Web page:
Corelli, Hines & Zucker, Feb. 3, 1990

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Corelli, Hines and Zucker and the Listening Public on “Opera Fanatic” Radio Program

Please note: These interview video cassettes have an audio track only, no picture of any kind. You can hear us speak and sing, but you don’t see us.

CZ1V February 3, 1990 (4 hrs., 40 mins.). With Jerome Hines. 2 video cassettes, NTSC or PAL VHS.

This title does not count as a free selection in the 6-for-the-price-of-5 offer. However, it does count as 1 paid item toward the 5 paid DVDs, videos, CD sets, photos or posters in the offer.

Corelli tells how he lost his high notes prior to making his debut and studied briefly as a baritone before restudying as a tenor and regaining them.
Recorded selections heard include Corelli in arias from Turandot, Favorita, Chénier, Ugonotti, “Granada,” “Vaghissima sembianza,” “Ti voglio tanto bene,” “O ciel, c’est toi,” “Il canto della rinuncia.”

The vocal technique of Corelli’s most important teacher, Arturo Melocchi; Del Monaco studied with Melocchi before Corelli did; the usefulness of Del Monaco’s example; when Del Monaco began he had a small voice; the pros and cons of Melocchi’s “laryngeal method”; Luigi Ottolini; the care that Lauri Volpi took with the passaggio [change of register]; Caruso’s passaggio problems; “Bechi was exciting–he was the best baritone”; Lauri Volpi’s breath control; “Lauri Volpi’s intonation problems in singing mezza voce stemmed from holding his larynx too low”; “Gigli could ‘open’ high A-flats as if they were notes in the middle.”

Stefan Zucker: Kraus doesn’t cover.
Franco Corelli: The voice covers by itself.
SZ describes Kraus’s opposition to the Corelli-Hines view about the passaggio.
Jerome Hines: Kraus and Pavarotti really are unaware that they cover.

We discuss the technique of smiling while singing. According to Corelli, early in his career his voice was strong but not beautiful–“I began to make a record but stopped right away because it was ugly and didn’t make me happy.” At first no one “believed” in him. He misses singing. He lost a competition before winning one. “To succeed in Carmen you need temperament and the right impulses; to succeed in Aïda you need legato and bel canto.” He had difficulty singing Radamès and had to relinquish the part. He describes the first few years of his career; Callas and Lauri Volpi in Puritani; the formidable competition in those days; the conductors Santini, Capuana, Votto. Corelli claims that he no longer sings.

SZ: According to Michael Redmond of the Newark Star-Ledger Corelli’s voice is as fabulous as ever.

Corelli acknowledges that he does have his voice in some moments; that he stopped singing because of a throat problem; that he damaged his larynx from singing during an inhalation therapy but that time has cured the difficulty. He tells us of his interest in making a record; of his desire to do a comeback; that he stopped too soon; that he was mistaken not to have recorded Otello in ’68; of his wish to record Otello now; that he has matured interpretively; that he went from dramatic to lyric repertory; that “You have to be born with temperament”; that he tried to make his voice beautiful by imbuing it with feeling.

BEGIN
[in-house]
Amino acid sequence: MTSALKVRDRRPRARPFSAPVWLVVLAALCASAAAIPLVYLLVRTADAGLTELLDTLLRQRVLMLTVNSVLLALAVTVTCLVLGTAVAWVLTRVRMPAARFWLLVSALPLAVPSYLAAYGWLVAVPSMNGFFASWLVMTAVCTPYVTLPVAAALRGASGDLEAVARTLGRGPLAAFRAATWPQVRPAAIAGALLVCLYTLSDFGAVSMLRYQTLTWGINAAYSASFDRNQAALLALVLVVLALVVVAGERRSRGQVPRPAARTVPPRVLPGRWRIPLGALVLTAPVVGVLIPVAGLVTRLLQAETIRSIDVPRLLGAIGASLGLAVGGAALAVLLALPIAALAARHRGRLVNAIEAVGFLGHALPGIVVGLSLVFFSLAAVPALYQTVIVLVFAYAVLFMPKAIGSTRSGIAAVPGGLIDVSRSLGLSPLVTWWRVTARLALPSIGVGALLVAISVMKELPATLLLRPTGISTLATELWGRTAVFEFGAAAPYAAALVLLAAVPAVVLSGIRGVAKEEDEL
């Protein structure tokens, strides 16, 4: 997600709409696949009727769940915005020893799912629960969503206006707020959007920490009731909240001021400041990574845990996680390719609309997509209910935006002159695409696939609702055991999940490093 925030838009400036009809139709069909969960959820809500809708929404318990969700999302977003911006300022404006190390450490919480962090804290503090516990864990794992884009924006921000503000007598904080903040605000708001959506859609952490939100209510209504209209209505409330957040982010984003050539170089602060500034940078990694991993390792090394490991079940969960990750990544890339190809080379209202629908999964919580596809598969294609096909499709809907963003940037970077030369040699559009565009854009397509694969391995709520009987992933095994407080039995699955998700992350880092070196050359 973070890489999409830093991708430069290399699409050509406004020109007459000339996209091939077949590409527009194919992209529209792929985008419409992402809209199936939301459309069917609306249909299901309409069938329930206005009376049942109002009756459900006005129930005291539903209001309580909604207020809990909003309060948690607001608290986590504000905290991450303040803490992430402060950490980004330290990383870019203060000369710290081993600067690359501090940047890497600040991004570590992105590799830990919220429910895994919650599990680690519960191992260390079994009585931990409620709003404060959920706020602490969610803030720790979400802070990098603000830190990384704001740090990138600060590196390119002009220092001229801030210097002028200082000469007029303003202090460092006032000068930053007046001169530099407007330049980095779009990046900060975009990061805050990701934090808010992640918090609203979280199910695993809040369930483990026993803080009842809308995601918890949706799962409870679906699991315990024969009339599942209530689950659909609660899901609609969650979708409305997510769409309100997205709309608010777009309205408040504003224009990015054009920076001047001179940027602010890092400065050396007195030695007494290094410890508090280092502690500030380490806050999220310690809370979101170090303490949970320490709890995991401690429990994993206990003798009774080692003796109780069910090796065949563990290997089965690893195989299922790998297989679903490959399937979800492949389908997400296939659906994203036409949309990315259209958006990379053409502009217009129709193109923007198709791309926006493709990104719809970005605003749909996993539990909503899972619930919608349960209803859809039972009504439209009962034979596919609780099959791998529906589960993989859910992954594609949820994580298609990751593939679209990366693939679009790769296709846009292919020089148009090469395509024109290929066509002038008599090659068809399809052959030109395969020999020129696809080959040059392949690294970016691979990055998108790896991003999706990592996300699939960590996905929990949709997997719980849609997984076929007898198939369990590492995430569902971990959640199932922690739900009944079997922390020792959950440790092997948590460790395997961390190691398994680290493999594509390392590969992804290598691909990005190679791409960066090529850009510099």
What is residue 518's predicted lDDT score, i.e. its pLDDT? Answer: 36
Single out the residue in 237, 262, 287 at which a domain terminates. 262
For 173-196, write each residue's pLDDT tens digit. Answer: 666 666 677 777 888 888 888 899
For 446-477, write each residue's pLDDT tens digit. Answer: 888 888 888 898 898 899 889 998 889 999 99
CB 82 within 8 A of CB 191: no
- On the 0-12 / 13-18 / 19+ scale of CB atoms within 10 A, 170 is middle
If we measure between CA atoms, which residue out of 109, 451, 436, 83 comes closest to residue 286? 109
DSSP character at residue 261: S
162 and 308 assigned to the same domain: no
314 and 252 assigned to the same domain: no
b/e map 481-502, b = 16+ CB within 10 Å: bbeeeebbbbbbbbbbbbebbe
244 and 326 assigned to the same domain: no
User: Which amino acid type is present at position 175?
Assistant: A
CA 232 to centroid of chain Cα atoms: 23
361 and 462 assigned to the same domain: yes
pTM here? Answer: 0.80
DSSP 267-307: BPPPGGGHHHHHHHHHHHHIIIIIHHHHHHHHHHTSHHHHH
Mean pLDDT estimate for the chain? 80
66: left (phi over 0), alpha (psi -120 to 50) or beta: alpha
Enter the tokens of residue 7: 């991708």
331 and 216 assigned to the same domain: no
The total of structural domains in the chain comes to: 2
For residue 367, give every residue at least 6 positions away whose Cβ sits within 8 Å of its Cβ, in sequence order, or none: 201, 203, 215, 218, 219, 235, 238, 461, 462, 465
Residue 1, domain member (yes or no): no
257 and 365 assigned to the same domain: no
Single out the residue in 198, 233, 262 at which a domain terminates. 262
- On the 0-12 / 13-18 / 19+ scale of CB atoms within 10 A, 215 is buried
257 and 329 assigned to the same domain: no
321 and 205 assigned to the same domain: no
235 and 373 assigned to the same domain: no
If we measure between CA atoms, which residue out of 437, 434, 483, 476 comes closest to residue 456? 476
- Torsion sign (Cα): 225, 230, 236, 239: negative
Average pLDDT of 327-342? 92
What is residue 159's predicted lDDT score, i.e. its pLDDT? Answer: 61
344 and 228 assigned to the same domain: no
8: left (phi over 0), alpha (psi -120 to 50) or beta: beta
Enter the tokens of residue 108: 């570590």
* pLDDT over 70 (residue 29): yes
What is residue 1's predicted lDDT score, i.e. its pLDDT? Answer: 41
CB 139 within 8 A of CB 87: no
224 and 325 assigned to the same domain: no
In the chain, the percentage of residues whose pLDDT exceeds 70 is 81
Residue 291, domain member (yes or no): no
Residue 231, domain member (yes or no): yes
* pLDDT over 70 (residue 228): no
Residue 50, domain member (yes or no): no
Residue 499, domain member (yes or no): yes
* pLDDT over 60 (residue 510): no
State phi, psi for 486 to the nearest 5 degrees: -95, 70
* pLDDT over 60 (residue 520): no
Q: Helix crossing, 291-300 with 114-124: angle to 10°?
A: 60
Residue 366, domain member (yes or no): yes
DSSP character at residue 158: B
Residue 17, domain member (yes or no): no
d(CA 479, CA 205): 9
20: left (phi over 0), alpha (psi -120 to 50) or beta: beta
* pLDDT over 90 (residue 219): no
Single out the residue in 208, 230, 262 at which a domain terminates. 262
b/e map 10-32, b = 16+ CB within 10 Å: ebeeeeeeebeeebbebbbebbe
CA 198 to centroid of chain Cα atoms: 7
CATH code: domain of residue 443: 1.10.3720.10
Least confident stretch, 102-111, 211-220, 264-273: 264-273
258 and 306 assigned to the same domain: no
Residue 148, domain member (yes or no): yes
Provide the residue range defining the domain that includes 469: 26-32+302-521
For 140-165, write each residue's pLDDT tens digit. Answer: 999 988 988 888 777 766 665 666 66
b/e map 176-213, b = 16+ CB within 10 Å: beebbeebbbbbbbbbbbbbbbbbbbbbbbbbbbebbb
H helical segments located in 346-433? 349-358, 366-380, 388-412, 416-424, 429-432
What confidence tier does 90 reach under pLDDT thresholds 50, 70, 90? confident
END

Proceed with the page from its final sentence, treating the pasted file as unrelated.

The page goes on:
Other topics include: His fear of high notes at the beginning of his career; his range; singing Norma with a strong middle voice can cause vocal problems; his interpolation of high Ds into Poliuto, with Gencer; his singing of high E-flat at home; A-flat above the staff was the most beautiful note in his voice; “It’s B-flats that make the public crazy”; his preference for low tessitura–to a point; the history of his vibrato; he improved because of better breath control; at the beginning of his career his topmost note was D-flat; how he developed his top to be able to sing D-flat reliably; his voice was too heavy for Ugonotti; he learned from early criticisms of his singing; coach Giuseppe Bertelli; the effect on Corelli of his colleagues; Corelli and Hines on Stokowski; at the beginning of Corelli’s career people rehearsed more and the maestri were better; “A good conductor can pull a new color out of your voice”; the importance of introspection for singers; Caruso read a score that he had been studying for years–in the bathtub; Corelli’s wish to sing Otello in the theater before recording it; his preference for the atmosphere of old theaters; Corelli tells self-deprecatory jokes; the variability of Caruso’s singing; the debasement of standards and abandonment of tradition today; Pavarotti can hit the notes in Otello; a call from Pavarotti to Corelli; contrary to rumor, Corelli did not help Domingo to start at the Met; Gigli in Elisir and a description of his falsettone; Galliano Masini; Pertile’s emotivity, his fuoco sacro; Corelli’s dislike of Pertile’s vibrato; Caruso’s vibrato; Corelli’s dislike of vibrato in general; Björling’s vibrato; learning from records; each singer thinks his technique is perfect; discussions in the Galleria near La Scala; Melocchi’s virtues; his other pupils; his method described; the “lost” Fedora (with Callas); Corelli’s best year as a singer; why he doesn’t go to performances at the Met; his favorite recording of himself; appraisals of Björling; Corelli’s regret over not having sung Manon Lescaut; “the voice of Gigli was like the sun in Italy.”

Radio listeners offer money toward a Corelli comeback.

Press coverage of Corelli’s appearances on “Opera Fanatic.”